Ki Tetze – Lost and Straying
One of the many Mitzvot appearing in Ki Tetze’s reading is the responsibility to return the lost property of another. The Torah instructs us also to pre-empt such a loss of another by being vigilant and thoughtful regarding any property that is in danger of becoming lost.
“If you see the ox of your brother or his sheep going astray you must not ignore them; you must return them to your brother. If your brother is not near you and you do not know him, then gather it inside your house, and it shall remain with you until your brother inquires after it and you will return it to him.” (Deuteronomy 22:1-2)
The basic requirement apparent from the verses is to be observant of any item which might have gone missing from the possession of another. The Torah warns that we must not ignore it, and Rashi explains that one is forbidden from pretending one has not seen it in order to be free of responsibility for it. Rather, one must be proactive in assuming responsibility for it, even looking after a lost object for an extended period of time, until its owner is found.
While there are numerous details to the Mitzvah its basic gist is very clear: Returning a lost object is a sensible and logical obligation, a manifestation of property rights that others are obligated to uphold.
The commentaries apply this Mitzvah a bit further, taking it outside of the realm of our possessions. The Ohr Hachaim declares that the Mitzvah is equally applicable to people who are “lost.” If one perceives that another person has lost his or her way, and one can help steer one in the right direction, one has an obligation to do so and may not ignore the circumstances. This may even require a long term commitment, such as “gathering [him] into your home,” in order to help that person find his way back. More specifically, the Ohr Hachaim applies this to one who has lost his way spiritually. Another Jew, identifying that the other is straying from the path, has a duty to try and influence his return. Accordingly, the phrase ‘gather it inside your house,’ would refer to the house of study. It is incumbent upon each of us to help inspire our lost brethren to find their spiritual way home.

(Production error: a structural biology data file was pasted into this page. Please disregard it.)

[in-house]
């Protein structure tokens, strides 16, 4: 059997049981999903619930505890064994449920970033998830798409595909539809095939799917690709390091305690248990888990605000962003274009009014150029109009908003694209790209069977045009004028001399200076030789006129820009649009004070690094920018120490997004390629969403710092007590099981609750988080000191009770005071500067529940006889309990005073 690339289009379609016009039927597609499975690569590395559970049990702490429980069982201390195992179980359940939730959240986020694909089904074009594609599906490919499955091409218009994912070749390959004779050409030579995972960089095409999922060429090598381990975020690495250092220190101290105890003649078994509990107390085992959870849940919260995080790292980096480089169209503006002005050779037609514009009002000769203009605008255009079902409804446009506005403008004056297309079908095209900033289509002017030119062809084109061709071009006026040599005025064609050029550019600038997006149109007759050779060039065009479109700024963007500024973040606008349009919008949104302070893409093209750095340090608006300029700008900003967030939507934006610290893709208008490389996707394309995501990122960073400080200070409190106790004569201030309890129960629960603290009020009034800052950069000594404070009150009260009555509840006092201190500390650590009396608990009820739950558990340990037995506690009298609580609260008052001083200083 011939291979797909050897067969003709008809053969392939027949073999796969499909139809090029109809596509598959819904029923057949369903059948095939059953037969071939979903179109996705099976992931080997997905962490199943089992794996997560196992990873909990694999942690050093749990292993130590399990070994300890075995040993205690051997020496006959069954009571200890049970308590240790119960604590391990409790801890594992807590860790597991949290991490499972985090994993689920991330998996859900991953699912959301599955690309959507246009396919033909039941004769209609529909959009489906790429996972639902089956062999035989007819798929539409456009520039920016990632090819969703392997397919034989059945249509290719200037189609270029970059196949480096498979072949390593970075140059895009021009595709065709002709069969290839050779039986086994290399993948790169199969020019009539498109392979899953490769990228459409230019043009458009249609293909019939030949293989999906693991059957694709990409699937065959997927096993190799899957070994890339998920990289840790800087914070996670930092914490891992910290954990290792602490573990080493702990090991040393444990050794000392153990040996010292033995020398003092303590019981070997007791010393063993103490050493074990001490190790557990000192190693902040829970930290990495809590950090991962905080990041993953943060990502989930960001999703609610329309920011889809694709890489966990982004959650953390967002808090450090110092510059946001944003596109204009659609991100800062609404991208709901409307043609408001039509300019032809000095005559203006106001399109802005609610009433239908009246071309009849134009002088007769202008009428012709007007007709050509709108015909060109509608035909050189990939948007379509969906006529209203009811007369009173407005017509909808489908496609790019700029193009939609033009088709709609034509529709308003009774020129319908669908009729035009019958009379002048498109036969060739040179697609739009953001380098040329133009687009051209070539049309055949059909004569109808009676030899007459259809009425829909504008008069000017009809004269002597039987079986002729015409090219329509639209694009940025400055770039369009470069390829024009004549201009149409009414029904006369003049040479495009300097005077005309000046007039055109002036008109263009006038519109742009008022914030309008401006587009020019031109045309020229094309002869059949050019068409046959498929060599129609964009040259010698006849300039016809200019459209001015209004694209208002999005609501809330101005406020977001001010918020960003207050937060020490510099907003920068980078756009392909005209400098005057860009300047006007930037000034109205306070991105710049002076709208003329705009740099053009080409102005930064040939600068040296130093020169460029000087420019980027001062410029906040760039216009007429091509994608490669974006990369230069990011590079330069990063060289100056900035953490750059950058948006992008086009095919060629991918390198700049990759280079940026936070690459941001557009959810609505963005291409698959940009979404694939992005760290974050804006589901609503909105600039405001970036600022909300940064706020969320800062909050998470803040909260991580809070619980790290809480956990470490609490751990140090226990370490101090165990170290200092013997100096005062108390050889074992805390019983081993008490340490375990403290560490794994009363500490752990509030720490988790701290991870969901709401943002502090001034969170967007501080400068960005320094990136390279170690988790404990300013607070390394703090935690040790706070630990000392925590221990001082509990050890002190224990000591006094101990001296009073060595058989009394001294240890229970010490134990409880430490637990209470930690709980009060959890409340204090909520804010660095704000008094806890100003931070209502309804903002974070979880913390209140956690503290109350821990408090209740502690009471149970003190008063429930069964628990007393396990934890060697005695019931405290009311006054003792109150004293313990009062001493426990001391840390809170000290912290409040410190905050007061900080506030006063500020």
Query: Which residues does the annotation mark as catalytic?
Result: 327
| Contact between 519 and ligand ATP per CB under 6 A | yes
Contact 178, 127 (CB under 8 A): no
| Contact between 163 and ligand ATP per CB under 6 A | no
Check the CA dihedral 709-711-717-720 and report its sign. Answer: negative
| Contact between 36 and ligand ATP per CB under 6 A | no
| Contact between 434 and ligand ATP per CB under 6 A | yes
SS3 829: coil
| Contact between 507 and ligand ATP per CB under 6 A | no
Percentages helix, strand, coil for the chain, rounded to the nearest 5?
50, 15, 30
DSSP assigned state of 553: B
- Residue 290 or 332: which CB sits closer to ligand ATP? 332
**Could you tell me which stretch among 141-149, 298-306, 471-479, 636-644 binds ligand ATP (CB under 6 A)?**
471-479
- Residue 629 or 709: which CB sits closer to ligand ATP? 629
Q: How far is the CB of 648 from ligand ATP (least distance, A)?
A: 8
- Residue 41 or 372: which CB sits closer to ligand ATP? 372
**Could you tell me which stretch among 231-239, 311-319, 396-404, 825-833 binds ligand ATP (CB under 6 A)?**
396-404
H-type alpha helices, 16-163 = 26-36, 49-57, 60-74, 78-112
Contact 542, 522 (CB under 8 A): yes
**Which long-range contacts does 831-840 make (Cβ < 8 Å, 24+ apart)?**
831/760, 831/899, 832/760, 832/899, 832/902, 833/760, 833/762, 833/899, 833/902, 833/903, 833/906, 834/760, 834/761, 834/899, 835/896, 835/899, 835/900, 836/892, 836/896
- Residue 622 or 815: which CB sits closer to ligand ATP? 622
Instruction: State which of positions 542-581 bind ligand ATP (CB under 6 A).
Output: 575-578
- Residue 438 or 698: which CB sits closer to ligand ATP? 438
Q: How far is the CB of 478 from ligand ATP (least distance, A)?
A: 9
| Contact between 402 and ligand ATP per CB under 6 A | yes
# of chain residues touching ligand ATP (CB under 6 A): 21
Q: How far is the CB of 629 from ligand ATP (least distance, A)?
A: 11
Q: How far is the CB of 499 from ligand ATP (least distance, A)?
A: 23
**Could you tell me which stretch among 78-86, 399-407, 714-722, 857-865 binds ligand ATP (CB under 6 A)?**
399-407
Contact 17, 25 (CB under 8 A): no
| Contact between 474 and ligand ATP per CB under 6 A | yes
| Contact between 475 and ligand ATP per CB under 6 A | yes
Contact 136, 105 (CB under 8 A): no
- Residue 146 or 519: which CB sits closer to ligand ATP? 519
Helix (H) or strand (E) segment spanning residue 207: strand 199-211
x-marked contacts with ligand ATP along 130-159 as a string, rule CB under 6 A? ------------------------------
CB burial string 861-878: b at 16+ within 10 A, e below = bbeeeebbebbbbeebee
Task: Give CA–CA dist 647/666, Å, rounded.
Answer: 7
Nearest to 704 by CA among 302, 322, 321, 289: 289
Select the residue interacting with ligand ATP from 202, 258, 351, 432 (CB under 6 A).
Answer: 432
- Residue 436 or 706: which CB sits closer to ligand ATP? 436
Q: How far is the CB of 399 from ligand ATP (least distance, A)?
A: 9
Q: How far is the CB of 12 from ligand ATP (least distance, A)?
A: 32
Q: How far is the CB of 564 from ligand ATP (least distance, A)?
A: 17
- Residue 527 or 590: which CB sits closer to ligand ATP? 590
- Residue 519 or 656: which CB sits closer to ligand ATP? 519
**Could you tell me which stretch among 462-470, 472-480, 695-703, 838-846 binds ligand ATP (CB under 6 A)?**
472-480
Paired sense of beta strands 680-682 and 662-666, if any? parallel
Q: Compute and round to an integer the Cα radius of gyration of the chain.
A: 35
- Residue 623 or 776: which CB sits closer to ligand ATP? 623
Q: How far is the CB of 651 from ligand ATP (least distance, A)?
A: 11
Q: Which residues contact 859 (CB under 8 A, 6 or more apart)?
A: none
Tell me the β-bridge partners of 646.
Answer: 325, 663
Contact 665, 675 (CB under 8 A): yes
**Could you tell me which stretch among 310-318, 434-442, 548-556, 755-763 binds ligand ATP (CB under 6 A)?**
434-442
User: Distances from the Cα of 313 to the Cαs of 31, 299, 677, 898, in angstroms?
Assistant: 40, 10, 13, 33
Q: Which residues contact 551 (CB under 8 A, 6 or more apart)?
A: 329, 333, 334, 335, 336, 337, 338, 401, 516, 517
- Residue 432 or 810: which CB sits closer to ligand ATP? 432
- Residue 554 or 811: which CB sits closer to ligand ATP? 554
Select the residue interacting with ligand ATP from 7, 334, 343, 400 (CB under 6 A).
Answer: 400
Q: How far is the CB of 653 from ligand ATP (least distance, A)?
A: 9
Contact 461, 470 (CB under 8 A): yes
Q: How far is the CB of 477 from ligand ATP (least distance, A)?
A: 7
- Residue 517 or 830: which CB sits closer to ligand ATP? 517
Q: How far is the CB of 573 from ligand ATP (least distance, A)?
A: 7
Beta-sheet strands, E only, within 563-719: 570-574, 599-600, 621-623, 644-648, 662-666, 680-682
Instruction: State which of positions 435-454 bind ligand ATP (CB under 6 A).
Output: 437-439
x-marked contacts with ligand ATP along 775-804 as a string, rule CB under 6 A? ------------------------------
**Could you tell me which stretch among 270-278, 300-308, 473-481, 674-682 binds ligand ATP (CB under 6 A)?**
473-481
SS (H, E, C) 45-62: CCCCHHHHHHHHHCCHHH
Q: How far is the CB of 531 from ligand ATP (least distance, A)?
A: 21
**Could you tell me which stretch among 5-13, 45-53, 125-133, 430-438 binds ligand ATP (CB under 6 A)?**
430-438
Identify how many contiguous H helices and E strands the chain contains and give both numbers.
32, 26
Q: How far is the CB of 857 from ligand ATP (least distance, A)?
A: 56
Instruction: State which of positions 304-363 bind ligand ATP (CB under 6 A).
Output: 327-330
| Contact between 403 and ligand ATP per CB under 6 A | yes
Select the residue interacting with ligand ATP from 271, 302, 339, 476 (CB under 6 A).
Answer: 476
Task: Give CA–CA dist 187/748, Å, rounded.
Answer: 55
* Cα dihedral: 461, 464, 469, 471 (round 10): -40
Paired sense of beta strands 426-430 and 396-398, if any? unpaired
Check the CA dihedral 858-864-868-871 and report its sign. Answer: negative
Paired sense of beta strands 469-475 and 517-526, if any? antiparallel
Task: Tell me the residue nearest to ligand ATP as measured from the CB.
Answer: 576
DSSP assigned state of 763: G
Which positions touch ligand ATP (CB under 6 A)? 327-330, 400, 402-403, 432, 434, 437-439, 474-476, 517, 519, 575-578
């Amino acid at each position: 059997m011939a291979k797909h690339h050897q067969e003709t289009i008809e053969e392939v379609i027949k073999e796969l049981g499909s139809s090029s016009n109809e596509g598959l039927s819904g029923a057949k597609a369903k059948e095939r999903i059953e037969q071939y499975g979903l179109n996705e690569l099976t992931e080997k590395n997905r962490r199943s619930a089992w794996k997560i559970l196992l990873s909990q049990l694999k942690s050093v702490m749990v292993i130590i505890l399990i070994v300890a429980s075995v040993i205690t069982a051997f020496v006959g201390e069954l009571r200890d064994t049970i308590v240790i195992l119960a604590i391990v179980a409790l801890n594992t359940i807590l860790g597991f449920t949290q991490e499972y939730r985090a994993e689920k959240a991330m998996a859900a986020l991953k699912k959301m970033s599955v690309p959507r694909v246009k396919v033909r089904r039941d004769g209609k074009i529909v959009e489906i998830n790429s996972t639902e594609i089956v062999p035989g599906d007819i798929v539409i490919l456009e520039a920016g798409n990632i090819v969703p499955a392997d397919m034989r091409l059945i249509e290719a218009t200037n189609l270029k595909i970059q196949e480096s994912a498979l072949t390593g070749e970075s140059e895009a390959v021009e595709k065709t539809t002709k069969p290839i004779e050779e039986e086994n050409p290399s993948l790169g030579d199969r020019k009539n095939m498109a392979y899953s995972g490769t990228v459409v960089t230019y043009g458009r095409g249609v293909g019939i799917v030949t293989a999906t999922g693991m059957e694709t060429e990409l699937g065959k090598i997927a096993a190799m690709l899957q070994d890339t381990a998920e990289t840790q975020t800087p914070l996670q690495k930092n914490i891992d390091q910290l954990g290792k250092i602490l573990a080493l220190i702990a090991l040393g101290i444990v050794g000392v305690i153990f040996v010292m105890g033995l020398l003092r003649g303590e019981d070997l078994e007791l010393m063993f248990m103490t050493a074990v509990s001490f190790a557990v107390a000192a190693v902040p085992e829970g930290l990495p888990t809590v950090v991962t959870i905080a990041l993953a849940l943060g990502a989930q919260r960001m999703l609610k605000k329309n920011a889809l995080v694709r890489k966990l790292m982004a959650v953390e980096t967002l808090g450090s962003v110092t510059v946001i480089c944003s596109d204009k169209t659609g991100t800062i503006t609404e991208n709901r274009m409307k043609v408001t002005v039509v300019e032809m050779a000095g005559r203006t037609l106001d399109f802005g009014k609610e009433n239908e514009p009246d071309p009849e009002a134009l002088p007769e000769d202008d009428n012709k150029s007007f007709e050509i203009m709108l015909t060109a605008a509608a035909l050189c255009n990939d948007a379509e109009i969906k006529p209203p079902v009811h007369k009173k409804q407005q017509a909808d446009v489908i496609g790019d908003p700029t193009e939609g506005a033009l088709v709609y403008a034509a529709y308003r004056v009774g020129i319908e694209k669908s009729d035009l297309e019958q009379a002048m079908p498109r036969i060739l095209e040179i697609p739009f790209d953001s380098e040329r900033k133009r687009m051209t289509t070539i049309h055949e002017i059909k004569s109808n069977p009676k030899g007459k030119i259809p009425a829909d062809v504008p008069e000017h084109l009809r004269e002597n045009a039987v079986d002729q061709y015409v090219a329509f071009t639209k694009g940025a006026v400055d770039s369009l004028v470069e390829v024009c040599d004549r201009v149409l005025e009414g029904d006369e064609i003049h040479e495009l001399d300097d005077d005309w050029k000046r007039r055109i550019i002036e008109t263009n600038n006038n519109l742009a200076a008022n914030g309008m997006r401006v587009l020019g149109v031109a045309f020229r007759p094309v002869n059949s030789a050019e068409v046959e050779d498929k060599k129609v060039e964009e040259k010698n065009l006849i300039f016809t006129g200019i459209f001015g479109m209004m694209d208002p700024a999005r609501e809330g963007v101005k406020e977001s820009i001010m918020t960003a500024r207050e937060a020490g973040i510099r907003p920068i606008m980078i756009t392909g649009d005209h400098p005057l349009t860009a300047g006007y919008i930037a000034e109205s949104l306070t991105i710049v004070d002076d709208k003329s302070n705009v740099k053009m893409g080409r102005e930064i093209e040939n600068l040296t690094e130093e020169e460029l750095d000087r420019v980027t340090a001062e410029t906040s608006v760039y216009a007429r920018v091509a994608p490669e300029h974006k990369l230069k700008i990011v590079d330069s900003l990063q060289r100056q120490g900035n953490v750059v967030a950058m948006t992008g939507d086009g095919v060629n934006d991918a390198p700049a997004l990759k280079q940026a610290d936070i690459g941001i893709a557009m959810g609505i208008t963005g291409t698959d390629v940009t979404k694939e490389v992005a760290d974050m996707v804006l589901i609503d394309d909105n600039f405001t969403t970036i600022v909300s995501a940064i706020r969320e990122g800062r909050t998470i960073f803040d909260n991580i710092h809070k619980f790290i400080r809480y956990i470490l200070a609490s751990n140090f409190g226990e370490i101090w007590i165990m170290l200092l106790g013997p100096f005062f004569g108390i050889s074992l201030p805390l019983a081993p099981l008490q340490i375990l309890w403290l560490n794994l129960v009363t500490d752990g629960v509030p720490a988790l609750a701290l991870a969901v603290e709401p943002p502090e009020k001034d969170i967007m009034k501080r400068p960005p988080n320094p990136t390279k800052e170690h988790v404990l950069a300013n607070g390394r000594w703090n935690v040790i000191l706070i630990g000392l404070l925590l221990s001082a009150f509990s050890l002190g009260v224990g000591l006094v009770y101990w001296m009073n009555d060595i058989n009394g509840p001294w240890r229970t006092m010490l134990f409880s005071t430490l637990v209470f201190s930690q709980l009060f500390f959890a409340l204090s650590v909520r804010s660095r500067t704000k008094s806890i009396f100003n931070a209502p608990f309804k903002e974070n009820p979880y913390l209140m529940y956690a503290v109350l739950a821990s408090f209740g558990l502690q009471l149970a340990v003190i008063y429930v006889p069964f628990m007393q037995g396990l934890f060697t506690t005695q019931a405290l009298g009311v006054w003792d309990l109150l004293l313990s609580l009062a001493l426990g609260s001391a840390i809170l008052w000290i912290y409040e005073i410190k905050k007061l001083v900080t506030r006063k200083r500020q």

The Prophet Isaiah, in the section we read for the Haftarah on Yom Kippur, expresses our obligation to care for others as follows: “To the hungry you shall offer your bread, and the poverty stricken you shall bring home; when you see the naked you shall cover him; do not ignore the plight of your brethren.” (58:7)
Here too, we can read the verse as referring to the spiritual state of man. Our sages identify ‘bread” as Torah. In that context the hungry for bread are those who are spiritually malnourished. When the prophet delineates what the Lord wants from us, expressing sorrow over our failures, it is the disregard for the plight of our own brethren that strikes most poignantly. Not only what is physical lacking requires our care, but also the emotional needs and spiritual vacuum which we are in a position to help fill. The warm feeling of a full stomach, the security and comfort of a home, the protection and dignity afforded by a cloak – these are not exclusively physical, but equally applicable to the psychology of man. The warmth, security and dignity which we are admonished to provide to those lacking will not only fulfil the needs of those lacking but will also refine our own character into the person we are meant to be.
In a spiritual sense these elements are also necessary. Providing for another the warm feeling of belonging to a rich heritage, showing one the secure place he occupies in the home of our faith and cloaking him with the dignity of having purpose in life, those are key to the spiritual well-being of which the prophet is speaking. Since mankind is created by God and, endowed with a soul, begins life as a very spiritual being, bringing one back to a state of spiritual awareness fulfils the obligation of returning a lost item to its owner.